AIM: The Timed Up and Go test (TUG) is used as a measure of functional ability in older adults; however, the method of measurement does not allow us to determine which aspects of the test deficits occur in. The aim of the present study was to examine the ability of the quantitative TUG (QTUG) to measure performance during the TUG test under three different conditions - single task, motor task and cognitive dual task - and to compare performance between fallers and non-fallers in high-functioning community-dwelling older adults...
July 18, 2016: Geriatrics & Gerontology International
H E Konak, S Kibar, E S Ergin
Osteoporosis is a serious disease characterized by muscle weakness in the lower extremities, shortened length of trunk, and increased dorsal kyphosis leading to poor balance performance. Although balance impairment increases in adults with osteoporosis, falls and fall-related injuries have been shown to occur mainly during the dual-task performance. Several studies have shown that dual-task performance was improved with specific repetitive dual-task exercises. INTRODUCTION: The aims of this study were to compare the effect of single- and dual-task balance exercise programs on static balance, dynamic balance, and activity-specific balance confidence in adults with osteoporosis and to assess the effectiveness of dual-task balance training on gait speed under dual-task conditions...
November 2016: Osteoporosis International
Maayan Agmon, Galit Armon
BACKGROUND: Falls among the elderly are a major public health challenge. The Timed-Up and Go (TUG) test is commonly used to identify older adults with mobility limitations. This study explored the association between TUG test results and personality among community-dwelling older adults. METHODS: This cross-sectional study included 85 older adults. Personality was evaluated with the Five Factor Model. Times to complete the TUG as a single task (TUGST) alone and also with an additional cognitive task i...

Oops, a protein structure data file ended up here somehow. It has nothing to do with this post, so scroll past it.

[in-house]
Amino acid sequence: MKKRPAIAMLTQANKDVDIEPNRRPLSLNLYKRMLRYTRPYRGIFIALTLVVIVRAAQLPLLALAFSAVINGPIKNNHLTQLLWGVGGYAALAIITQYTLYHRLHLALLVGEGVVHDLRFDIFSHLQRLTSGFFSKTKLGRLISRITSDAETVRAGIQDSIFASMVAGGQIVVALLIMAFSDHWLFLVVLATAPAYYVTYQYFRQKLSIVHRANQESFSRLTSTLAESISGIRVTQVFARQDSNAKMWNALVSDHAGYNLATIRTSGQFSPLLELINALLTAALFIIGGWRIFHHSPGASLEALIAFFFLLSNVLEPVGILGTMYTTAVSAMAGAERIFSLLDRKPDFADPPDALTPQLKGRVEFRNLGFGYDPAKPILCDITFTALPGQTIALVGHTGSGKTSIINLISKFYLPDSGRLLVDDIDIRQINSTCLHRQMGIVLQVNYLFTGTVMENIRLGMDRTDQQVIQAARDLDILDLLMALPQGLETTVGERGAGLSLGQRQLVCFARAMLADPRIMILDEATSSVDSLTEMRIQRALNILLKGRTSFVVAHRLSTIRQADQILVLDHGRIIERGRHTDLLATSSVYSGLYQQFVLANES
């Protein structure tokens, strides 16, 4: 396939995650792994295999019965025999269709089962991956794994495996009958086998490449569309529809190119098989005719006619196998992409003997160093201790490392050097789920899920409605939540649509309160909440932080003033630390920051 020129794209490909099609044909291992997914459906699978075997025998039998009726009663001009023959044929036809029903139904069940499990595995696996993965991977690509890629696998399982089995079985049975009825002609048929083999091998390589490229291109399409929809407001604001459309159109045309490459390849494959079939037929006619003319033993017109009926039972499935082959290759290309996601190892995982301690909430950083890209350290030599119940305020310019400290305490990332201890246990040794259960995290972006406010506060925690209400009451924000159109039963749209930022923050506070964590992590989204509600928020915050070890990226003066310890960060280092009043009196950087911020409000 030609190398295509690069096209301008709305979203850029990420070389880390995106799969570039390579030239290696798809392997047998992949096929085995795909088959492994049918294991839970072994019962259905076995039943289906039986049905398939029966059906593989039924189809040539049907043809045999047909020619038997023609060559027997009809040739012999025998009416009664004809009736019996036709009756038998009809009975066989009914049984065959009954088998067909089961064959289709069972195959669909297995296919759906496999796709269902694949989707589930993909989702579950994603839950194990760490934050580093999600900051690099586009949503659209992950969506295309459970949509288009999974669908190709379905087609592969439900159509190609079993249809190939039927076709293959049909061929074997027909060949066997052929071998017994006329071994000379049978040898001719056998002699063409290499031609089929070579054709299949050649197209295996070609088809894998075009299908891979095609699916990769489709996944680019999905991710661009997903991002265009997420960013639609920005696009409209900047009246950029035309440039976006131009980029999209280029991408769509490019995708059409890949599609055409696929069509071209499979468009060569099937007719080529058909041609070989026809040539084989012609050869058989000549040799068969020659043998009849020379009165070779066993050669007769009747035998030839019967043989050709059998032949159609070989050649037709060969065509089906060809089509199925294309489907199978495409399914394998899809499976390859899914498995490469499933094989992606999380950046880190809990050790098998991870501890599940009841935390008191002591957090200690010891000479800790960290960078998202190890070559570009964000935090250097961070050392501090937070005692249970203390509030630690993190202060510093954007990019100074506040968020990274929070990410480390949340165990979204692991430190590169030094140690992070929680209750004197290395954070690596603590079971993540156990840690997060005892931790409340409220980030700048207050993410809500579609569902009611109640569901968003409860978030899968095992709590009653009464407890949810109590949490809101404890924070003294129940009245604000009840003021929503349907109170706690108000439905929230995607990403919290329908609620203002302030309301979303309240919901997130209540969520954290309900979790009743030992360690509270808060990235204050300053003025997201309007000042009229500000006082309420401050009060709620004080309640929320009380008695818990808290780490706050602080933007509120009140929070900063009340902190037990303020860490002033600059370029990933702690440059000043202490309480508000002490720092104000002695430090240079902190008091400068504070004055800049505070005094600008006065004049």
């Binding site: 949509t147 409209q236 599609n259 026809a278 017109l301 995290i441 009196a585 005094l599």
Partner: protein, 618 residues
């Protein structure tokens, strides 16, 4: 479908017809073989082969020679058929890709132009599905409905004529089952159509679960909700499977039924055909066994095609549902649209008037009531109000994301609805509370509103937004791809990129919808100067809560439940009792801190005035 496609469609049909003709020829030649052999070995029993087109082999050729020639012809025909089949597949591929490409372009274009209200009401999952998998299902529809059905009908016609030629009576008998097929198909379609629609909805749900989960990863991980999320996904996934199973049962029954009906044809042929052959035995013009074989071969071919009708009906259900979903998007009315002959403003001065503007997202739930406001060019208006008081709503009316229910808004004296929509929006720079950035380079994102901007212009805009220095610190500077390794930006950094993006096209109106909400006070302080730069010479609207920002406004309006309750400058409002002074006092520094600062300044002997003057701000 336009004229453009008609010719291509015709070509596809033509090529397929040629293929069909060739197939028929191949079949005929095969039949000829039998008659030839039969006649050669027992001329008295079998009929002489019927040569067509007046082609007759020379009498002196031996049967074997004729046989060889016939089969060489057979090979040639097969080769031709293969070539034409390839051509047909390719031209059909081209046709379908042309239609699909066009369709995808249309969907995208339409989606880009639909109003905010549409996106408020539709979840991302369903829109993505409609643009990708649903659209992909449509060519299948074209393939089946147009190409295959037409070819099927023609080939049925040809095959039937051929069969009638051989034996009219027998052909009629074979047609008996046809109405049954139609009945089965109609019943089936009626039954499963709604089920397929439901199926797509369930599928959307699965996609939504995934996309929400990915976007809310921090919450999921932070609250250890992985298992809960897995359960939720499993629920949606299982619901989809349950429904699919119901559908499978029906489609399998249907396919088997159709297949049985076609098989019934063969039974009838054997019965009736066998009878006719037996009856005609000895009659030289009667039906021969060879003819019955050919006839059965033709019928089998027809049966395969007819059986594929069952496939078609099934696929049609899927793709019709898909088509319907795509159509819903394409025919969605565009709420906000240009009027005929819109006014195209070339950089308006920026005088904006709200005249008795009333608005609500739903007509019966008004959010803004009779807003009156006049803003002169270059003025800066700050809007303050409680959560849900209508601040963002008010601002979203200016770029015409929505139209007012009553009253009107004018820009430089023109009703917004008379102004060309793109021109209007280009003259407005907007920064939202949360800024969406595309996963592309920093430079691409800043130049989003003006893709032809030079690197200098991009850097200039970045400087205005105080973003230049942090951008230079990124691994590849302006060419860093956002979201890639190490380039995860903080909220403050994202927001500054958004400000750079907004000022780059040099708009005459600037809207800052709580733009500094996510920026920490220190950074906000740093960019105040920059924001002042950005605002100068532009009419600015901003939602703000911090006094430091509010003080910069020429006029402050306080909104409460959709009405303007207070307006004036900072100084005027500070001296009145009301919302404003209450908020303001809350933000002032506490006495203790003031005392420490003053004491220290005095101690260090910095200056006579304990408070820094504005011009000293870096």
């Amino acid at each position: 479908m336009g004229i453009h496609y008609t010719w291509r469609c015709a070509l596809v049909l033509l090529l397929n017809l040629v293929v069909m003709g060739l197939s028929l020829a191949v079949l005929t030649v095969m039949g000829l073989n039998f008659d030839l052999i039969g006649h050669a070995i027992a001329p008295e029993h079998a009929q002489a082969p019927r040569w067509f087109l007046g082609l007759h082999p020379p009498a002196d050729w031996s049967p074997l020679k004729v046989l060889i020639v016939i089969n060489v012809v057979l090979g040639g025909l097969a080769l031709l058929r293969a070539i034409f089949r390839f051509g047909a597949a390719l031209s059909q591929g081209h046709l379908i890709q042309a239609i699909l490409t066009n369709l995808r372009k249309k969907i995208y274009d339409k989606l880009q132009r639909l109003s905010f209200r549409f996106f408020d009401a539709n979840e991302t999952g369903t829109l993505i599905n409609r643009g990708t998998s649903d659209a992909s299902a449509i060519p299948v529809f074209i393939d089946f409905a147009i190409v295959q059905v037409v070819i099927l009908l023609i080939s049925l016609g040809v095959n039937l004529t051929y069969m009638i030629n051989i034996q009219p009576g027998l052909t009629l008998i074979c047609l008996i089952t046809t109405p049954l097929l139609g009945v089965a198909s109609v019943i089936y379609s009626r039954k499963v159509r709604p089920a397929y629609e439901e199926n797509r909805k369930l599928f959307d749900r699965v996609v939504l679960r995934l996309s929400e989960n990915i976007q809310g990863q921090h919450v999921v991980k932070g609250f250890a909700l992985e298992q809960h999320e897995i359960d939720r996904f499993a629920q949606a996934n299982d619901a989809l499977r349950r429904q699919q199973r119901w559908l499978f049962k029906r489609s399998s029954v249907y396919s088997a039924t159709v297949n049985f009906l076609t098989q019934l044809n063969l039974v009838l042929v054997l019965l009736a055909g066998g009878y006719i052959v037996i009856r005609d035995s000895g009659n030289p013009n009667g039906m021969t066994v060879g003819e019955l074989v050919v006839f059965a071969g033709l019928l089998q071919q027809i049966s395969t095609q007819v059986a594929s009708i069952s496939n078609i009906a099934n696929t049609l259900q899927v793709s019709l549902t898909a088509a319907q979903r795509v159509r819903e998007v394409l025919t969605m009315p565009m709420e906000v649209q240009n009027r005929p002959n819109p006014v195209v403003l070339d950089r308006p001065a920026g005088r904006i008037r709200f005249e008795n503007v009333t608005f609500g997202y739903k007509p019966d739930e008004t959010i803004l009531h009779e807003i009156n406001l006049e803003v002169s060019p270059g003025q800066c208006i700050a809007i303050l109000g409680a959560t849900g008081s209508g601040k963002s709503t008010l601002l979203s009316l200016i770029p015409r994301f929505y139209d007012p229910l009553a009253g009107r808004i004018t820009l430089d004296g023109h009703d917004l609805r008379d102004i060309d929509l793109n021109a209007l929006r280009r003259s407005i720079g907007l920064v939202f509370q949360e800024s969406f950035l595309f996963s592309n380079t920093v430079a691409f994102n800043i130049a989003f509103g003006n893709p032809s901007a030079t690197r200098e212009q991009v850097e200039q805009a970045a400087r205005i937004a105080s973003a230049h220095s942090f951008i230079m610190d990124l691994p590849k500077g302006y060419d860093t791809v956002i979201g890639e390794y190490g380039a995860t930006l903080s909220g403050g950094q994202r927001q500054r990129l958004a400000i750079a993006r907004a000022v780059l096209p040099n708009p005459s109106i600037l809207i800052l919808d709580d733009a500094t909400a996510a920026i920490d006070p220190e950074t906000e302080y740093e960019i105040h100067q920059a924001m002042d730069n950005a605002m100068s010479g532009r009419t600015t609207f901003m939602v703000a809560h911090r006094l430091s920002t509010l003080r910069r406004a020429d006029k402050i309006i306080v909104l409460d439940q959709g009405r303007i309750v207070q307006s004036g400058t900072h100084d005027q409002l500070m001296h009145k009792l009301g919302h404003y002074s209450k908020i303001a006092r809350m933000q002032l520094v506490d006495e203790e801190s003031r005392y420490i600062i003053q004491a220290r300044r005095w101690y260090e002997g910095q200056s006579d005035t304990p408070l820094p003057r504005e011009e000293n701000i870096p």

May 18, 2016: BMC Geriatrics
Chad Swank, Jyutika Mehta, Christina Criminger
BACKGROUND: Parkinson's disease (PD) progressively impairs motor and cognitive function. Gait dysfunction in PD is exacerbated during dual task gait. Transcranial direct current stimulation (tDCS) may therapeutically benefit motor and cognitive deficits. We examined the effect of a bilateral tDCS protocol on dual task gait in people with PD. MATERIAL AND METHODS: Participants with PD between 50 and 80 years received two sessions of tDCS protocol (1 active, 1 sham) separated by 7days...
July 28, 2016: Neuroscience Letters
Marie-Cécile Nierat, Suela Demiri, Elise Dupuis-Lozeron, Gilles Allali, Capucine Morélot-Panzini, Thomas Similowski, Dan Adler
Human breathing stems from automatic brainstem neural processes. It can also be operated by cortico-subcortical networks, especially when breathing becomes uncomfortable because of external or internal inspiratory loads. How the "irruption of breathing into consciousness" interacts with cognition remains unclear, but a case report in a patient with defective automatic breathing (Ondine's curse syndrome) has shown that there was a cognitive cost of breathing when the respiratory cortical networks were engaged...
2016: PloS One